OBJECTIVES y To be able to demonstrate skills in providing immediate post-operative nursing care y To be able to identify signs and symptoms of immediate post-op. Complications ASSESSMENT 1. Assess the client·s sedation level and mental status (RATIONALE: To evaluate the effects of anesthesia and any neurological changes) 2. Assess the client·s cardiovascular status as indicated by heart rate, blood pressure, electrocardiogram (RATIONALE: To evaluate the stability of the client·s condition following the surgery) 3. Assess the client·s respiratory status as indicated by respiratory rate, oxygen saturation, and breath sounds (RATIONALE: To evaluate the client·s oxygenation after the surgery) 4. Assess the client·s level of pain as indicated by appropriate pain scale (RATIONALE: To determine the type and amount of medication and/treatment needed to provide adequate pain control) 5. Assess the surgical site and surgical appliances needed (RATIONALE: To evaluate the client·s needs and the client·s response to the surgery) 6. Assess the client·s fluid status by reviewing the intake and output record (RATIONALE: To determine the client·s fluid status and respond appropriately) 7. Assess the neurovascular status of the client·s extremities (RATIONALE: To evaluate for possible perioperative positioning injury) DIAGNOSIS           PLANNING          

Risk for infection Risk for imbalanced body temperature Ineffective tissue perfusion, cardiopulmonary, if general anesthesia was administered Risk for deficient fluid volume Risk for aspiration Impaired tissue integrity Risk for perioperative positioning injury Disturbed sensory perception secondary to anesthesia Acute pain Fear

The client·s airway will be patent The client·s vital signs will be stable for at least 1 hour The client will be alert and oriented when stimulated The client·s respiratory status, including oxygen saturation, respiratory rate, and tidal volume will be adequate The client·s pain control will be adequate In clients receiving regional anesthesia, motor and sensory function will be at an adequate level The client·s surgical site will be intact with a dry or appropriately reinforced dressing present when the client is discharged from the recovery room The client·s IV access will be intact and patent without signs or symptoms of infiltration or infection when the client is discharged from the recovery room The client·s output will be within normal limits The client·s temperature will be within normal limits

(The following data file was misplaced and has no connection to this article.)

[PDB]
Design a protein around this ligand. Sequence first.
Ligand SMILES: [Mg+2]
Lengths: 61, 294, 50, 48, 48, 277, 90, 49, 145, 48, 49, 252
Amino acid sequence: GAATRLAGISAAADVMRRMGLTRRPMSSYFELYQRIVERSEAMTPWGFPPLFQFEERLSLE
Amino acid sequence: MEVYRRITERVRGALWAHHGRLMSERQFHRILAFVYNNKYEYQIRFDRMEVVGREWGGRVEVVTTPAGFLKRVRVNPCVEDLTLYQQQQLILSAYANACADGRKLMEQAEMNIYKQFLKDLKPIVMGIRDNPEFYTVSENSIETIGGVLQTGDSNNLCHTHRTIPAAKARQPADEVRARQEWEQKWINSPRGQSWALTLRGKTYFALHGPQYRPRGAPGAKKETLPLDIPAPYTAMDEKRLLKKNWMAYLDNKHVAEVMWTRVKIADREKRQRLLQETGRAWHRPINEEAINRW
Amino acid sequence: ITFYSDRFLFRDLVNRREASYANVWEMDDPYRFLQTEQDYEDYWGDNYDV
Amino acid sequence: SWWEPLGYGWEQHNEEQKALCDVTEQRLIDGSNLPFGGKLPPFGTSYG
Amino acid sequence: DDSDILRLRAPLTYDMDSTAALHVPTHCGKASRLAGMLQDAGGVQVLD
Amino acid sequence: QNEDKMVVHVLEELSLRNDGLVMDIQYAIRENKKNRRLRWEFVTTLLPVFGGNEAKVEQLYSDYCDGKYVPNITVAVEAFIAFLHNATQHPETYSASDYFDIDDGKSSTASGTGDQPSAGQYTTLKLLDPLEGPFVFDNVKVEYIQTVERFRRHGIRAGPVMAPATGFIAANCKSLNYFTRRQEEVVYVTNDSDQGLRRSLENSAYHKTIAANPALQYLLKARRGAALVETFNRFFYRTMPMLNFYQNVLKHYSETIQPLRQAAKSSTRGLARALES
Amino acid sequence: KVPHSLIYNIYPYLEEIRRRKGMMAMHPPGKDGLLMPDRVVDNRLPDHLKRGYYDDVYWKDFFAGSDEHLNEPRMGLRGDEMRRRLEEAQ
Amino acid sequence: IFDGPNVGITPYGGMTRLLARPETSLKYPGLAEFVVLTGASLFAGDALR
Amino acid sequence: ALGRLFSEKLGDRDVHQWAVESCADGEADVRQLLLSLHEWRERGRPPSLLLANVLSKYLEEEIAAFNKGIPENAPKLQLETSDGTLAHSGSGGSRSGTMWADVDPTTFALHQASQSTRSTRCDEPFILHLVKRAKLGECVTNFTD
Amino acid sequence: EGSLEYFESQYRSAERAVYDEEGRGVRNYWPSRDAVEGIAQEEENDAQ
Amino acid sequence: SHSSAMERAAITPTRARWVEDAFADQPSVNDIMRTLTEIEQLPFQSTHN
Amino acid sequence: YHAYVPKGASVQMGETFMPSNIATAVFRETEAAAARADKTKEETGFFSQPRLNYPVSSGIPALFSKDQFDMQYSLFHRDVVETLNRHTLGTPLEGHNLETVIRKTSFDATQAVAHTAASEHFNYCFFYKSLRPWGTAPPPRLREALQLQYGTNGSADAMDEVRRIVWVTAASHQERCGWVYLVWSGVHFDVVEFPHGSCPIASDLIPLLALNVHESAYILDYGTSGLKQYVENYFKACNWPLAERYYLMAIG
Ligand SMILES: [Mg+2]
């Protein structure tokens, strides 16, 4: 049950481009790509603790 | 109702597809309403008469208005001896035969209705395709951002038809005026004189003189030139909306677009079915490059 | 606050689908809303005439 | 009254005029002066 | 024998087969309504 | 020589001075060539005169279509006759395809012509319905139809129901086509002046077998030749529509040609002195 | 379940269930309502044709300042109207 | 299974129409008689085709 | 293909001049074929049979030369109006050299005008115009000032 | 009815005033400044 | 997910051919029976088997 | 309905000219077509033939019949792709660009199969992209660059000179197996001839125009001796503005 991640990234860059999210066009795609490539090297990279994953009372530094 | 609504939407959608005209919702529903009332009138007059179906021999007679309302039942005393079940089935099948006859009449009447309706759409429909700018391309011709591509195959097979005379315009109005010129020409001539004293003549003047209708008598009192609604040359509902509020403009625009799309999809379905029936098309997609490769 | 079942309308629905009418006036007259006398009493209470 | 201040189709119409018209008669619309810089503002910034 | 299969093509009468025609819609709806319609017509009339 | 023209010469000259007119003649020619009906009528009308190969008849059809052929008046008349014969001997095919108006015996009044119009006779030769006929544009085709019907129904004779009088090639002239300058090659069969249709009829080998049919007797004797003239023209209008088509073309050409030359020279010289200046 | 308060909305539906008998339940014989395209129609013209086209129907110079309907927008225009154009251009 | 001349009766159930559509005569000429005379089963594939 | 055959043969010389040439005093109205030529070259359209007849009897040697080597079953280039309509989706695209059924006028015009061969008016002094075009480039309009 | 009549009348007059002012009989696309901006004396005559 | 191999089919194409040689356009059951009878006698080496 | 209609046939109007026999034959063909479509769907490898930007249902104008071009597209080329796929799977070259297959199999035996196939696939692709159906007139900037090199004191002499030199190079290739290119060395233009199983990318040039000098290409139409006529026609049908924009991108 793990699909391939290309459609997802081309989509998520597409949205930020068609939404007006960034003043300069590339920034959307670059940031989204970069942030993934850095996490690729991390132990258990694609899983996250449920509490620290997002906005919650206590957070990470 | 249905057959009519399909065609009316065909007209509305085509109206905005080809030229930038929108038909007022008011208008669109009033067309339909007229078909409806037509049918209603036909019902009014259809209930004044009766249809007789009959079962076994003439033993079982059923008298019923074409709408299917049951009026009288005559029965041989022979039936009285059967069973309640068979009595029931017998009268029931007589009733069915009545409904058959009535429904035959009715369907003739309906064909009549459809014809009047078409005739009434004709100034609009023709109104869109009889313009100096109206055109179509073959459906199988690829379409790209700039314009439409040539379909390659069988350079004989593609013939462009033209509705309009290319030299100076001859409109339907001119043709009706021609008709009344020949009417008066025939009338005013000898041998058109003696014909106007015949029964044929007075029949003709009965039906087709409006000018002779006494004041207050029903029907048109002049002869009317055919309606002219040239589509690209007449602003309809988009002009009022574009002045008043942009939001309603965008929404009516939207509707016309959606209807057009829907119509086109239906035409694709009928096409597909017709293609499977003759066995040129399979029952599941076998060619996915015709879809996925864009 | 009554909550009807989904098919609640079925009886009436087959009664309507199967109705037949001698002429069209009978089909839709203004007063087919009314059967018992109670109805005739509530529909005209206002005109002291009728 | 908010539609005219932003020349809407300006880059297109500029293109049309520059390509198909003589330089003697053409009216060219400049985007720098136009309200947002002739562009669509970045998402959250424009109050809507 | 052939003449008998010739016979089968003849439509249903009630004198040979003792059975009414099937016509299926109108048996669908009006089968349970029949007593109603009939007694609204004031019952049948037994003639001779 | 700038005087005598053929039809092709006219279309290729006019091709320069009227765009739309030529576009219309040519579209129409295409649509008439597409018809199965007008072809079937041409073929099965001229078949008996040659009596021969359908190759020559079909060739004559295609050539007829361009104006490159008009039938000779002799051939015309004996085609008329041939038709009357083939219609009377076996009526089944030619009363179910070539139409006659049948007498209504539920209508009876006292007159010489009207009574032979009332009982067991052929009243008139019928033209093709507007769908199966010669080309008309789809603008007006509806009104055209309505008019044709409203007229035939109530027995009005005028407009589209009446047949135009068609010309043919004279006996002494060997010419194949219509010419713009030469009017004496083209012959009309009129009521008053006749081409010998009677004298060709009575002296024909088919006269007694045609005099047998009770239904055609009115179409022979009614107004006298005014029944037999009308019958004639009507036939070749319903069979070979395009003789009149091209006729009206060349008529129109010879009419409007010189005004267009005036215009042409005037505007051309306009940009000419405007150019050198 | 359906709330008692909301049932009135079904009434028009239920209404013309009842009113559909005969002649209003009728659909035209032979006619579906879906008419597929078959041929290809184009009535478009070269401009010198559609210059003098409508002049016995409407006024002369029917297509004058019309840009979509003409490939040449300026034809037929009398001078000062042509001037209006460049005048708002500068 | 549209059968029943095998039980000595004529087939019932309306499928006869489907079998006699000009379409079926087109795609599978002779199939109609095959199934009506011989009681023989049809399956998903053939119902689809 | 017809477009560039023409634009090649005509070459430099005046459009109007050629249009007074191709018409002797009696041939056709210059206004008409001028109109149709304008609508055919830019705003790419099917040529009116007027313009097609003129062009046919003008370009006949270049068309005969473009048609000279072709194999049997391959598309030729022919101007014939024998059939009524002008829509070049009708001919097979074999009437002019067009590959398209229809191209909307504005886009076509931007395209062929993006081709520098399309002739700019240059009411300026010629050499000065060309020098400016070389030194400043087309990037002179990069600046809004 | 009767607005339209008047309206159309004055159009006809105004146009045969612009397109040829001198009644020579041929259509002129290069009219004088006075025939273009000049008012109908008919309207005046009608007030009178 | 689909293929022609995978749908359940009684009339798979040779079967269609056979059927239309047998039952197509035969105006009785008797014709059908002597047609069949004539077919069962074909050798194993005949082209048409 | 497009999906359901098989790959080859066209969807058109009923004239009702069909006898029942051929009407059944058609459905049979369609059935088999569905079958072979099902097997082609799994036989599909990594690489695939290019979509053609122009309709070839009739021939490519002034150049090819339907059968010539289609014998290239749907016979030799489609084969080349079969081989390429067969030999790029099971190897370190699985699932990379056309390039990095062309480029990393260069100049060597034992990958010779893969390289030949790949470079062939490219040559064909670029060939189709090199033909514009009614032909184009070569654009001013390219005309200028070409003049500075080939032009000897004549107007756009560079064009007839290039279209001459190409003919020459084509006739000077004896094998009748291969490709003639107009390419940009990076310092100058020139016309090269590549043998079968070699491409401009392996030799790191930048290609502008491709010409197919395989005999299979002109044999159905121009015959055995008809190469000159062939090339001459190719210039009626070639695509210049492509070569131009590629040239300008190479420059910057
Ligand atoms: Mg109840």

EQUIPMENTS NEEDED  Stethoscope  Sphygmomanometer  Oximeter  Blankets  Cardiac monitoring equipment  Sterile dressings as needed  Client·s chart with post-op orders  Incentive spirometer (may be optional)  Supplemental oxygen, if needed  Sequential stockings and/or antiembolic stockings as ordered  Thermometer IMPLEMENTATION/SKILL SKILL 1. Wash your hands and apply gloves 2. Check the client·s temperature, pulse, respiratory rate, and blood pressure on the client·s arrival in the unit 3. Identify the client via armband and verify the client·s identity with the chart 4. Inform the client that he is out of the operating room and is admitted in the recovery room 5. Position the client appropriate for the type of surgery and anesthesia and to keep the airway clear 6. If bedside electrocardiogram monitoring is available, attach the leads to the client and run a baseline electrocardiogram strip 7. Attach the oximeter to the client and monitor the client·s oxygen saturation 8. Check the IV site using gloves/ Check IV solution(s) and flow rate and that the IV line is taped as necessary

RATIONALE Reduces the transmission of microorganisms Establishes a baseline and is indicative of the client·s status Protects the client from errors Decreases anxiety, if the client has had general anesthesia, the nurse may need to reorient the client several times Protects the client from obstructed airway and post-op. complications

Establishes baseline rhythm and provides constant monitor of the client·s cardiac rate and rhythm Establishes baseline data and ongoing monitor of the client·s need for supplemental oxygen Prevents complications from infiltration of IV. Allows appropriate rehydration, verifies appropriate solution, prevents the line from disconnecting 9. Check the surgical dressing and site, if Establishes the condition of the surgical site visible. Assess the dressings for the amount including the presence of any drains, bleeding, and type of drainage. Reinforce the purulence, or other notable conditions dressings as needed. Change the dressing only with the physician·s approval. 10. Complete a total head-to-toe assessment. Provides baseline data and prevents A complete assessment should include the complications of surgery. Start with the ABC·s of assessment: airway, breathing, circulation following:  Oxygen is the primary need of all  Check the patency of the client·s clients, and without a patent airway airway. Assess for the presence of all other measures are useless breath sounds that are equal on both sides, esp. If the client is intubated. Note the presence of ronchi, rales, or wheezes while assessing breath sounds.